Categories of Causative Verbs: a Corpus Study of Mandarin Chinese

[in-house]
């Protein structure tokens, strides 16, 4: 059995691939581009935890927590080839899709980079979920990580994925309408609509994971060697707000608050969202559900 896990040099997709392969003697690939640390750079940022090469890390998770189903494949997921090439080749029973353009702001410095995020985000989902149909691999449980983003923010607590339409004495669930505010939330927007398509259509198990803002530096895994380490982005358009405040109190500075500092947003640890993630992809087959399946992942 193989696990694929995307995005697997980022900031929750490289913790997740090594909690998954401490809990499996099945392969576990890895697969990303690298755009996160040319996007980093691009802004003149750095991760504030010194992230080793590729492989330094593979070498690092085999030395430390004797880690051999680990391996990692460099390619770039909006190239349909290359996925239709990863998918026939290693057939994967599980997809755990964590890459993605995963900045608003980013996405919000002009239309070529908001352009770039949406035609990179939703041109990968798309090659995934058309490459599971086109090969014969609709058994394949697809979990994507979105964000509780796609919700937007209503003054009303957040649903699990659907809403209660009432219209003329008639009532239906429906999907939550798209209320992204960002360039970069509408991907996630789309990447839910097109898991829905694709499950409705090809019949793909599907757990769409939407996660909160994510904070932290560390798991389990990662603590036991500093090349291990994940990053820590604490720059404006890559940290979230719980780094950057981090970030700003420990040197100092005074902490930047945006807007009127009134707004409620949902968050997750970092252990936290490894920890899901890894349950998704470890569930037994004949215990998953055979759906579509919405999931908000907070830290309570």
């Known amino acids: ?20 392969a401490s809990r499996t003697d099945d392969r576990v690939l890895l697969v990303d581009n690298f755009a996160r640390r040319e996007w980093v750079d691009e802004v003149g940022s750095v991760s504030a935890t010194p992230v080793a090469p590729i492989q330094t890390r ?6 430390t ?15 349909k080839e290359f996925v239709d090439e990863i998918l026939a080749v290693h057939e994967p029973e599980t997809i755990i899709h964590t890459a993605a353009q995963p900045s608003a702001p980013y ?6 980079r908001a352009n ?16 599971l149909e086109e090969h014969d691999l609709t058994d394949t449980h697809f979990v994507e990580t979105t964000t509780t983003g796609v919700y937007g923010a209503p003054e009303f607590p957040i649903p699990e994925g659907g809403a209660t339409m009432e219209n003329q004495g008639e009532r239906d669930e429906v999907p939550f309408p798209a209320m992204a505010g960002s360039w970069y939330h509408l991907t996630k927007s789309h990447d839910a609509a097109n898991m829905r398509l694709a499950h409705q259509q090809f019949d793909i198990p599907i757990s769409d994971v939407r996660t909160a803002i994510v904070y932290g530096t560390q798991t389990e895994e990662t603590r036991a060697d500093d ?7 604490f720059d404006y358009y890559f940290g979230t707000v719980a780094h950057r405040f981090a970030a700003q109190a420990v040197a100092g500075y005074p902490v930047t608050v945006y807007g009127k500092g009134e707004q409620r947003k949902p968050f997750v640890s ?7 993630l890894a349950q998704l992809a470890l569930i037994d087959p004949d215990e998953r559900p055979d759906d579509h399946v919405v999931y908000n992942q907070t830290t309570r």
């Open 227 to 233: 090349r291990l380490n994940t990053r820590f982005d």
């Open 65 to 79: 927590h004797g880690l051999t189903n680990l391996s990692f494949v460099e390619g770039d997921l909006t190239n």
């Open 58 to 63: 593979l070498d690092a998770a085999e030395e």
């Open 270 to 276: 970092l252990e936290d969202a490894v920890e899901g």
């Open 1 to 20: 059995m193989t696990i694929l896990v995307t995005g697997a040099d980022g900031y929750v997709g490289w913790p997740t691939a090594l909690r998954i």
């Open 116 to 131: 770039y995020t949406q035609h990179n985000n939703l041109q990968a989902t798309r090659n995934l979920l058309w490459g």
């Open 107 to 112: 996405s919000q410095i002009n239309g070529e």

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This thesis examines the categories of causative verbs in Mandarin Chinese, including two corpus studies. Previous research has shown a tight relationship between the concept of CAUSE as it is described in the psychological model of causation, the force dynamic model and the meaning of causative verbs across languages (Wolff, Song & Driscoll, 2002; Wolff, 2003; Wolff & Song, 2003; Wolff, Klettke, Ventura & Song, 2005). In the first study I investigate whether this model can characterize the meanings of causative verbs in Mandarin Chinese. The results show that the categories of Chinese causative verbs partially present the pattern that the force dynamic model predicts; in particular, the distinction between the notion of CAUSE and ENABLE is not clear in Mandarin Chinese. In the second corpus study, I further explore whether the categories of Chinese causative verbs can be approached by theory of direct/indirect causation (Verhagen & Kemmer, 1997). The corpus results show that direct/indirect causation provides a better account for those verbs to which the force dynamic model fails to apply. Thus, I conclude that the whole picture of Chinese causative verbs is more complex than either of the two theories presents, and future work needs to be done for a systematic description of the causative verbs in Mandarin Chinese.